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The poor Hart toils along the mountain-side;
I will not stop to tell how far he fled,
Nor will I mention by what death he died;
But now the Knight beholds him lying dead.

Dismounting then, he leaned against a thorn;
He had no follower, dog, nor man, nor boy:
He neither smacked his whip, nor blew his horn,
But gazed upon the spoil with silent joy.

Close to the thorn on which Sir Walter leaned,
Stood his dumb partner in this glorious act:
Weak as a lamb the hour that it is yeaned;
And foaming like a mountain cataract.

Upon his side the Hart was lying stretched :
His nose half touched a spring beneath a hill,
And with the last deep groan his breath had fetched
The waters of the spring were trembling still.

And now, too happy for repose or rest,

(Was never man in such a joyful case!)

Sir Walter walked all round, north, south, and west,
And gazed and gazed upon that darling place.

And climbing up the hill-(it was at least
Nine roods of sheer ascent) Sir Walter found
Three several hoof-marks which the hunted beast
Had left imprinted on the verdant ground.

Sir Walter wiped his face, and cried, "Till now
Such sight was never seen by living eyes:
Three leaps have borne him from this lofty brow,
Down to the very fountain where he lies.
"I'll build a pleasure-house upon this spot,
And a small arbour, made for rural joy;
"Twill be the traveller's shed, the pilgrim's cot,
A place of love for damsels that are coy.

"A cunning artist will I have to frame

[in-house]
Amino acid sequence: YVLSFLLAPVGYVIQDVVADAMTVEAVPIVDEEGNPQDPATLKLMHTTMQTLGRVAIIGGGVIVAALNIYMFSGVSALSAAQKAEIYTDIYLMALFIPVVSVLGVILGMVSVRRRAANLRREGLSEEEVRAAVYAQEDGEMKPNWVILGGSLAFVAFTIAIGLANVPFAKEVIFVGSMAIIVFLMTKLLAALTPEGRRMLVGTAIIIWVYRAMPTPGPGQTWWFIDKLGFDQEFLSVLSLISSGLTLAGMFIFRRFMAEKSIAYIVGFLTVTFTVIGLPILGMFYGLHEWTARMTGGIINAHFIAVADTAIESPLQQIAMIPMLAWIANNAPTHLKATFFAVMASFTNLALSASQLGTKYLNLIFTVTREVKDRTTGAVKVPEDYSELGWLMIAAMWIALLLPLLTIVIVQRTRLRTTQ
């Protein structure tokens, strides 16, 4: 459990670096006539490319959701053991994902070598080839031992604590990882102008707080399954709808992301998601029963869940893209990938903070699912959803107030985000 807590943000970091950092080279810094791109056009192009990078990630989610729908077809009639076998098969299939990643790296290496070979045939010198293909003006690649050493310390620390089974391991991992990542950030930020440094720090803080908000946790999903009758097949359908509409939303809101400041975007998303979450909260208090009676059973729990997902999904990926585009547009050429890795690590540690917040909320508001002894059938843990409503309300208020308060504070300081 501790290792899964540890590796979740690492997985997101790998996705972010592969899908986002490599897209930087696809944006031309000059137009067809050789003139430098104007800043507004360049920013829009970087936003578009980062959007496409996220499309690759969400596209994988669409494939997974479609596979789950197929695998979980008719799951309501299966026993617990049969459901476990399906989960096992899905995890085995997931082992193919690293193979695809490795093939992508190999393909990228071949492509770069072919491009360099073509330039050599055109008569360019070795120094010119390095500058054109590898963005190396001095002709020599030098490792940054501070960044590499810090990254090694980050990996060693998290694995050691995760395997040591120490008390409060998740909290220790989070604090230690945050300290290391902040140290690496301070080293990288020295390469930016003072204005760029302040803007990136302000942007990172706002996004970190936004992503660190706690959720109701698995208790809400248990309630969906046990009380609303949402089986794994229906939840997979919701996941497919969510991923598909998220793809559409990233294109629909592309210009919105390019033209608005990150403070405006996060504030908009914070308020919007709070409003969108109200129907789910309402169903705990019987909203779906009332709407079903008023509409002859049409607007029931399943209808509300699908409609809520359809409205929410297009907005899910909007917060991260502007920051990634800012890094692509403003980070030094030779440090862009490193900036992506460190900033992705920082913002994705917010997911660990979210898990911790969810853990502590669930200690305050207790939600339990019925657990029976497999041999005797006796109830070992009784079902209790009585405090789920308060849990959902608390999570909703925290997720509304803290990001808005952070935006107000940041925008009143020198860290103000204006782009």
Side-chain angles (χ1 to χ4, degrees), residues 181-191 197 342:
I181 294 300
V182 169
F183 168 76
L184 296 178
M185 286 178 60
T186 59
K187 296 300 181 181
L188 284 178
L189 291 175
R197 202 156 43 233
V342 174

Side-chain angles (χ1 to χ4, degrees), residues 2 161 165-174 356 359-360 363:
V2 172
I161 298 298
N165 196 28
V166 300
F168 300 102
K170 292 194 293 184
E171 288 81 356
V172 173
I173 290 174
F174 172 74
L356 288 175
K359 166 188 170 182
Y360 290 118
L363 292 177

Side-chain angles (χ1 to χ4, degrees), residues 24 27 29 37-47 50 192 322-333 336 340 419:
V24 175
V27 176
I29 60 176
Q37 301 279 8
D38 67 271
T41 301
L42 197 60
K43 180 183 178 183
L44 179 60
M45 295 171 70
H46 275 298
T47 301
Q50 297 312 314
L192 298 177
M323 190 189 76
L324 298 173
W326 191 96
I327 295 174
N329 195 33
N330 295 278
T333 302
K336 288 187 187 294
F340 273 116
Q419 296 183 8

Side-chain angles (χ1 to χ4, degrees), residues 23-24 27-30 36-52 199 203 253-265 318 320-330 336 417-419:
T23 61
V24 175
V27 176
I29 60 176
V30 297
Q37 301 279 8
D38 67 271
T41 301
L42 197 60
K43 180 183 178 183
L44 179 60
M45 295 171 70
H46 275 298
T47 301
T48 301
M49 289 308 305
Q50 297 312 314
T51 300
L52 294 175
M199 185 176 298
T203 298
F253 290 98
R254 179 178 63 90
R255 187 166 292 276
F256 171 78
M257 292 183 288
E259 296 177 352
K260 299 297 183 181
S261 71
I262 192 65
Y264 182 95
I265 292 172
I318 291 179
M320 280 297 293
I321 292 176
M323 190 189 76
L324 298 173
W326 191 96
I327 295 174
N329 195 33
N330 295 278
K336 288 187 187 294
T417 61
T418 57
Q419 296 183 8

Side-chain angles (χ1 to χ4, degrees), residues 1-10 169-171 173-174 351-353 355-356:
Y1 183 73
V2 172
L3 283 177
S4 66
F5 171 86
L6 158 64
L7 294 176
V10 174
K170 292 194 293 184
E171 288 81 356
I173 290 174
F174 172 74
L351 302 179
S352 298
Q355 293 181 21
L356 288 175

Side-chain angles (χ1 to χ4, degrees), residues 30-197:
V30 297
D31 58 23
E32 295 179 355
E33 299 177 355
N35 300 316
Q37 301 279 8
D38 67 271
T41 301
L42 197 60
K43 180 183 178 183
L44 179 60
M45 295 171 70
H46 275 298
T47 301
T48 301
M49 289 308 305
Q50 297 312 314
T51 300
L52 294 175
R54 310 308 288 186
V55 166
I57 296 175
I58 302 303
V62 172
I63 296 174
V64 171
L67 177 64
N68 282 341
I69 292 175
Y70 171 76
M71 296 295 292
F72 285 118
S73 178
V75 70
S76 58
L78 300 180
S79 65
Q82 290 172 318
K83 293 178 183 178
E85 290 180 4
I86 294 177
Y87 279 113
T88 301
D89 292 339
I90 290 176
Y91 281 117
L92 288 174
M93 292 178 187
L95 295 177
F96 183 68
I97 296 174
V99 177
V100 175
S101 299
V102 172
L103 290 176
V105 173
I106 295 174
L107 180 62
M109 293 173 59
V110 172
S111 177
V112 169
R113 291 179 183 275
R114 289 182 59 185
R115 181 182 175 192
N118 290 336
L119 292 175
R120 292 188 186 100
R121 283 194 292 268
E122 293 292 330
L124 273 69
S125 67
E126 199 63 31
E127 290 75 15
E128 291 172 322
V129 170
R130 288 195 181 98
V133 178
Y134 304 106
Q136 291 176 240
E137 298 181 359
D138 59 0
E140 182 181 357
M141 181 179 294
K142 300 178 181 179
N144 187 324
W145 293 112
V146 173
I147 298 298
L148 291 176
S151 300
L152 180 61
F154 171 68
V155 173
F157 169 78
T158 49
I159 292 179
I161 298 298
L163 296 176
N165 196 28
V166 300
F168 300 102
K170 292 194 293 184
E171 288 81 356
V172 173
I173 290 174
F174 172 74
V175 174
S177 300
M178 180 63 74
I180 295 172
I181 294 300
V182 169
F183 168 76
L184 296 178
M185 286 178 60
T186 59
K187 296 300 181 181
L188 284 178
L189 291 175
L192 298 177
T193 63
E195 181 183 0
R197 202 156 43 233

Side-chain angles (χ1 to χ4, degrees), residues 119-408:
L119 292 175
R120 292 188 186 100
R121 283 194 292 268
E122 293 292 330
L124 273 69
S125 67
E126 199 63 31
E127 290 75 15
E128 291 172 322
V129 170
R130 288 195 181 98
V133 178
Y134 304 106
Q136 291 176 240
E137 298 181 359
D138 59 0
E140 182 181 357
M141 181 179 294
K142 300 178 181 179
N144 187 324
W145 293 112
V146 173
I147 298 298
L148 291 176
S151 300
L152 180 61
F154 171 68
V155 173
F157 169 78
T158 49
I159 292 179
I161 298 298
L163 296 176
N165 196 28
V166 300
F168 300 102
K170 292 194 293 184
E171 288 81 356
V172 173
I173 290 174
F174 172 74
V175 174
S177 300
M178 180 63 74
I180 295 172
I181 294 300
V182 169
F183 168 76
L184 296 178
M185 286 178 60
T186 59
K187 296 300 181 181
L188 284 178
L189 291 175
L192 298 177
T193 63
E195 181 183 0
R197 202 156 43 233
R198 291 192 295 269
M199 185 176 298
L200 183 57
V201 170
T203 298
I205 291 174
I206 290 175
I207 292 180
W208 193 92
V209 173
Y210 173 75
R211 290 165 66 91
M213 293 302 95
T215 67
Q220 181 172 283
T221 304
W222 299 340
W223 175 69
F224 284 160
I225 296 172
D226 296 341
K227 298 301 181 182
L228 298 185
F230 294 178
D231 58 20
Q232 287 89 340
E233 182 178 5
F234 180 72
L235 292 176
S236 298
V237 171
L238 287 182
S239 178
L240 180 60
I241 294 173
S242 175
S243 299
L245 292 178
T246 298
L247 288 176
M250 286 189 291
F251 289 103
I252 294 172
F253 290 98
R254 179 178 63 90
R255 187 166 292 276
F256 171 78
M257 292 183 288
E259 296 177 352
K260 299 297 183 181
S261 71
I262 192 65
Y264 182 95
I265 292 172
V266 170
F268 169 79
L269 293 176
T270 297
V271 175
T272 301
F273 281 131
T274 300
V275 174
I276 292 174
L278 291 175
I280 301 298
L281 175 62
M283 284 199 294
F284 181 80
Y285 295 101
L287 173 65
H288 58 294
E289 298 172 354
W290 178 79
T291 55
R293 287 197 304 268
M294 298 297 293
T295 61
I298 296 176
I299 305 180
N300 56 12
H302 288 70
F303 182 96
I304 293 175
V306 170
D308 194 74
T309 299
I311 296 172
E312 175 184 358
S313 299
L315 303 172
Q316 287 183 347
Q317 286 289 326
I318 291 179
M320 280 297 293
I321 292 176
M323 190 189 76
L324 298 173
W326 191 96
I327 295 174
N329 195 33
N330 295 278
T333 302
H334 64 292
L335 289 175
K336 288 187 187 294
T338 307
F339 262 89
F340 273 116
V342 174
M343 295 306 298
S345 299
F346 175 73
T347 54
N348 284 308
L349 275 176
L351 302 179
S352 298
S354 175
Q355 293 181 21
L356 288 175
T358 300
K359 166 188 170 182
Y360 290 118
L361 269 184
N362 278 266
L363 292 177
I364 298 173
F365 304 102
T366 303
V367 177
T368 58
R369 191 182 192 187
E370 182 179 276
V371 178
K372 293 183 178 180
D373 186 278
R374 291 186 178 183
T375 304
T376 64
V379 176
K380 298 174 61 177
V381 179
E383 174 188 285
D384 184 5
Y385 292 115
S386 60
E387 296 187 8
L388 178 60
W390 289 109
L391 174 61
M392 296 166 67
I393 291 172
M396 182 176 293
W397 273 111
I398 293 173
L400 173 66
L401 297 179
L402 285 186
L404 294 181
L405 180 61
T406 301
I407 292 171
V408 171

A basin for that fountain in the dell !

And they, who do make mention of the same

From this day forth, shall call it HART-LEAP WELL. "And, gallant brute! to make thy praises known, Another monument shall here be raised;

Three several pillars, each a rough-hewn stone,
And planted where thy hoofs the turf have grazed.
"And, in the summer time when days are long,
I will come hither with my paramour;
And with the dancers, and the minstrel's song,
We will make merry in that pleasant bower.
"Till the foundations of the mountains fail
My mansion with its arbour shall endure ;-
The joy of them who till the fields of Swale,
And them who dwell among the woods of Ure!"

Then home he went, and left the Hart, stone dead,
With breathless nostrils stretched above the spring.
-Soon did the Knight perform what he had said,
And far and wide the fame thereof did ring.
Ere thrice the moon into her port had steered,
A cup of stone received the living Well;
Three pillars of rude stone Sir Walter reared,
And built a house of pleasure in the dell.

And near the fountain, flowers of stature tall
With trailing plants and trees were intertwined,-
Which soon composed a little sylvan hall,